Pan, by Knut Hamsun


I sit up in the hills, mining. The autumn air is crystal about me. The strokes of my drill ring steady and even. Æsop looks at me with wondering eyes. Wave after wave of content swells through my breast. No one knows that I am here among the lonely hills.

The birds of passage have gone; a happy journey and welcome back again! Titmouse and blackcap and a hedge-sparrow or so live now alone in the bush and undergrowth: tuitui! All is so curiously changed — the dwarf birch bleeds redly against the grey stones, a harebell here and there shows among the heather, swaying and whispering a little song: sh! But high above all hovers an eagle with outstretched neck, on his way to the inland ridges.

And the evening comes; I lay my drill and my hammer in under the rock and stop to rest. All things are glooming now. The moon glides up in the north; the rocks cast gigantic shadows. The moon is full; it looks like a glowing island, like a round riddle of brass that I pass by and wonder at. Æsop gets up and is restless.

“What is it, Æsop? As for me, I am tired of my sorrow; I will forget it, drown it. Lie still, Æsop, I tell you; I will not be pestered. Eva asks: ‘Do you think of me sometimes?’ I answer: ‘Always.’ Eva asks again: ‘And is it any joy to you, to think of me?’ I answer: ‘Always a joy, never anything but a joy.’ Then says Eva: ‘Your hair is turning grey.’ I answer: ‘Yes, it is beginning to turn grey.’ But Eva says: ‘Is it something you think about, that is turning it grey?’ And to that I answer: ‘Maybe.’ At last Eva says: ‘Then you do not think only of me . . . ’ Æsop, lie still; I will tell you about something else instead . . . ”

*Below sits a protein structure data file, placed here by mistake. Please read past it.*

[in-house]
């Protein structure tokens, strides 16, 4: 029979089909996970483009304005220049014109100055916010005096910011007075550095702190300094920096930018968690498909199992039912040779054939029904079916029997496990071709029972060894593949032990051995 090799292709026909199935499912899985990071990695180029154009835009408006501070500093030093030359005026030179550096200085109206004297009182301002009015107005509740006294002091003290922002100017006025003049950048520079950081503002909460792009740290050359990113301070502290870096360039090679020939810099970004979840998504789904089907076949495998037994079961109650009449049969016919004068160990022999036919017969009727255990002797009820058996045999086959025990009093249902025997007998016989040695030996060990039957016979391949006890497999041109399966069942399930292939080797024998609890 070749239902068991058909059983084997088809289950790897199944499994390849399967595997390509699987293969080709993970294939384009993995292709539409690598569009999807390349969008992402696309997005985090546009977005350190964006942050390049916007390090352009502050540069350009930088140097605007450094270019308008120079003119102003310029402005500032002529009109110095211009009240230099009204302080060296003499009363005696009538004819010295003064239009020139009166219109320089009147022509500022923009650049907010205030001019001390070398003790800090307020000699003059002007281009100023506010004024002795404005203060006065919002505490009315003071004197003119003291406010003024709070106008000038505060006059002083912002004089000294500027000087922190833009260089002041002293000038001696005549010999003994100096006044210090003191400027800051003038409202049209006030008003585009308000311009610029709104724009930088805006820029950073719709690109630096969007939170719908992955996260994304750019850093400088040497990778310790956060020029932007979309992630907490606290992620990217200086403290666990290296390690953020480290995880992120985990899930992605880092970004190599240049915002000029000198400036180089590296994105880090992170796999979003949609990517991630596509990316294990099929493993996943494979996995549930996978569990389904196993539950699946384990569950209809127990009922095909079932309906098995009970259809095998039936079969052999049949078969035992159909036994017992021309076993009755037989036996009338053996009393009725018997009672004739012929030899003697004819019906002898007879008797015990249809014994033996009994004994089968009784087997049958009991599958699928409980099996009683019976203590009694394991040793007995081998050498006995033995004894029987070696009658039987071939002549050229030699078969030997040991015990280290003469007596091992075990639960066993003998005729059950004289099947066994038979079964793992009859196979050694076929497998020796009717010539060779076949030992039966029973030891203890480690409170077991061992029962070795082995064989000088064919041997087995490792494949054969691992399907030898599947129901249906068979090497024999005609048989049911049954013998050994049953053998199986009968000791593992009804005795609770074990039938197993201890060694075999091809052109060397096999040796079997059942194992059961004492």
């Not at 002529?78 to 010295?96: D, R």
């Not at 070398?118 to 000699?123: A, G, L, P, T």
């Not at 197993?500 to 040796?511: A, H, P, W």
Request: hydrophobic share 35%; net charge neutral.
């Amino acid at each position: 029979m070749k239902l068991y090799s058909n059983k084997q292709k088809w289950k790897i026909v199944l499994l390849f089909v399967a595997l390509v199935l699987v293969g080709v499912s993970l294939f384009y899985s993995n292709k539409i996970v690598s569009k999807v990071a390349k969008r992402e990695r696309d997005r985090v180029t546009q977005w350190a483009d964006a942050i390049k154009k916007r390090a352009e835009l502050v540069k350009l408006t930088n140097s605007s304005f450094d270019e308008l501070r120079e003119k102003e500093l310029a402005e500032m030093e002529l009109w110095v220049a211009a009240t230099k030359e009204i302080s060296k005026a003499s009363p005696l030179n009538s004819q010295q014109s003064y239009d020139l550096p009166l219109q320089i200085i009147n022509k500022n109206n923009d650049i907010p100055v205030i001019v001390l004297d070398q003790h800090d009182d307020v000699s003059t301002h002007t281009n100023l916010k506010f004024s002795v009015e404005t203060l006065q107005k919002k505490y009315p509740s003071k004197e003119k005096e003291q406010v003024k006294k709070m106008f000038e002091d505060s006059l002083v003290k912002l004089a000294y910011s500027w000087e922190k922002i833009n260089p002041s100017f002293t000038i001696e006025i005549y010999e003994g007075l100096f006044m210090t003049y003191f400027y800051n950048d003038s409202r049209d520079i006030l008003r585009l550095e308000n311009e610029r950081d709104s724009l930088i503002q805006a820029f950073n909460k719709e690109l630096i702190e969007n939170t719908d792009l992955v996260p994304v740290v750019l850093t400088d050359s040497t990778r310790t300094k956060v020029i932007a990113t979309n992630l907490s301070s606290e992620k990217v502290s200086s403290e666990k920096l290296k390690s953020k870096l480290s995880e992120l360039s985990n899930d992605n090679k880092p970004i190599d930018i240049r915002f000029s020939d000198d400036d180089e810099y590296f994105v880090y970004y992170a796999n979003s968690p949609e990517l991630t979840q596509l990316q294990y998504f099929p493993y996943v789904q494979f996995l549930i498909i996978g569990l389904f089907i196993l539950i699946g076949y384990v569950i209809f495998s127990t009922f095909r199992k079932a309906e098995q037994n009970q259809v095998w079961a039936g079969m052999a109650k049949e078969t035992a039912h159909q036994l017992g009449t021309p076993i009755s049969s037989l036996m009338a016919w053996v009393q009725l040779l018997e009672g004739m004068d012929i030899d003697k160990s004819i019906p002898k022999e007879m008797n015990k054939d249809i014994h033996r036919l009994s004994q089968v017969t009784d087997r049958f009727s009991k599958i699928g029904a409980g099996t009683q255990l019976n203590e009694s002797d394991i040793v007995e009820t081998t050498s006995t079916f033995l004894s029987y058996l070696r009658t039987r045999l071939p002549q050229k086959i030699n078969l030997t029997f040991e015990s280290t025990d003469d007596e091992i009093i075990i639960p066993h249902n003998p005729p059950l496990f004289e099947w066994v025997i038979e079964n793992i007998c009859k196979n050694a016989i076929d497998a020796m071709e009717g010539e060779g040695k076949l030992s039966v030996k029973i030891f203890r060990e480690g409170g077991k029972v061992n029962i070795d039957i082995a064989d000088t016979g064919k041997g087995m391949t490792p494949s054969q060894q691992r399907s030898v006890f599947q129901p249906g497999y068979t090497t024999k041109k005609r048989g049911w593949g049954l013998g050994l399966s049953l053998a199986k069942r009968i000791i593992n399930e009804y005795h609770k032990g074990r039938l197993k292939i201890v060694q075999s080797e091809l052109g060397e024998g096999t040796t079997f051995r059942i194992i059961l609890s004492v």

But Æsop stands sniffing excitedly down towards the valley, pointing, and dragging at my clothes. When at last I get up and follow, he cannot get along fast enough. A flush of red shows in the sky above the woods. I go on faster; and there before my eyes is a glow, a huge fire. I stop and stare at it, go on a few steps and stare again.

My hut is ablaze.

Last updated Sunday, March 27, 2016 at 11:55